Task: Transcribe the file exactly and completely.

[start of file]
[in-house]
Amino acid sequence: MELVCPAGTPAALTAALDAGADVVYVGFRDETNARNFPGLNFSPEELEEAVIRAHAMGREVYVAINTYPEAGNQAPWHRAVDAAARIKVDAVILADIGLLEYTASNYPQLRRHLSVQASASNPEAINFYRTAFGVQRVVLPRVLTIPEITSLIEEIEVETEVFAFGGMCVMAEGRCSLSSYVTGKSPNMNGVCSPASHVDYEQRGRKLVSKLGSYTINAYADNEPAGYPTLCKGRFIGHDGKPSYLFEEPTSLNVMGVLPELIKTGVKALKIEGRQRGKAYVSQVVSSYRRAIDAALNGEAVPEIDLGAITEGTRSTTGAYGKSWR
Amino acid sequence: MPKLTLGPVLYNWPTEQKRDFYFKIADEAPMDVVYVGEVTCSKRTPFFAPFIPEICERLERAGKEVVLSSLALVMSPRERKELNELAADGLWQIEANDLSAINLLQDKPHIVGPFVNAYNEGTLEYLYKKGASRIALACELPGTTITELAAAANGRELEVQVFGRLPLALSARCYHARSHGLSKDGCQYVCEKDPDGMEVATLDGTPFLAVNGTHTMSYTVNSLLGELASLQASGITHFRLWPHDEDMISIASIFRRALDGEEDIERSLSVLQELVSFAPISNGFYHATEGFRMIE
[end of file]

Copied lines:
[in-house]
Amino acid sequence: MELVCPAGTPAALTAALDAGADVVYVGFRDETNARNFPGLNFSPEELEEAVIRAHAMGREVYVAINTYPEAGNQAPWHRAVDAAARIKVDAVILADIGLLEYTASNYPQLRRHLSVQASASNPEAINFYRTAFGVQRVVLPRVLTIPEITSLIEEIEVETEVFAFGGMCVMAEGRCSLSSYVTGKSPNMNGVCSPASHVDYEQRGRKLVSKLGSYTINAYADNEPAGYPTLCKGRFIGHDGKPSYLFEEPTSLNVMGVLPELIKTGVKALKIEGRQRGKAYVSQVVSSYRRAIDAALNGEAVPEIDLGAITEGTRSTTGAYGKSWR
Amino acid sequence: MPKLTLGPVLYNWPTEQKRDFYFKIADEAPMDVVYVGEVTCSKRTPFFAPFIPEICERLERAGKEVVLSSLALVMSPRERKELNELAADGLWQIEANDLSAINLLQDKPHIVGPFVNAYNEGTLEYLYKKGASRIALACELPGTTITELAAAANGRELEVQVFGRLPLALSARCYHARSHGLSKDGCQYVCEKDPDGMEVATLDGTPFLAVNGTHTMSYTVNSLLGELASLQASGITHFRLWPHDEDMISIASIFRRALDGEEDIERSLSVLQELVSFAPISNGFYHATEGFRMIE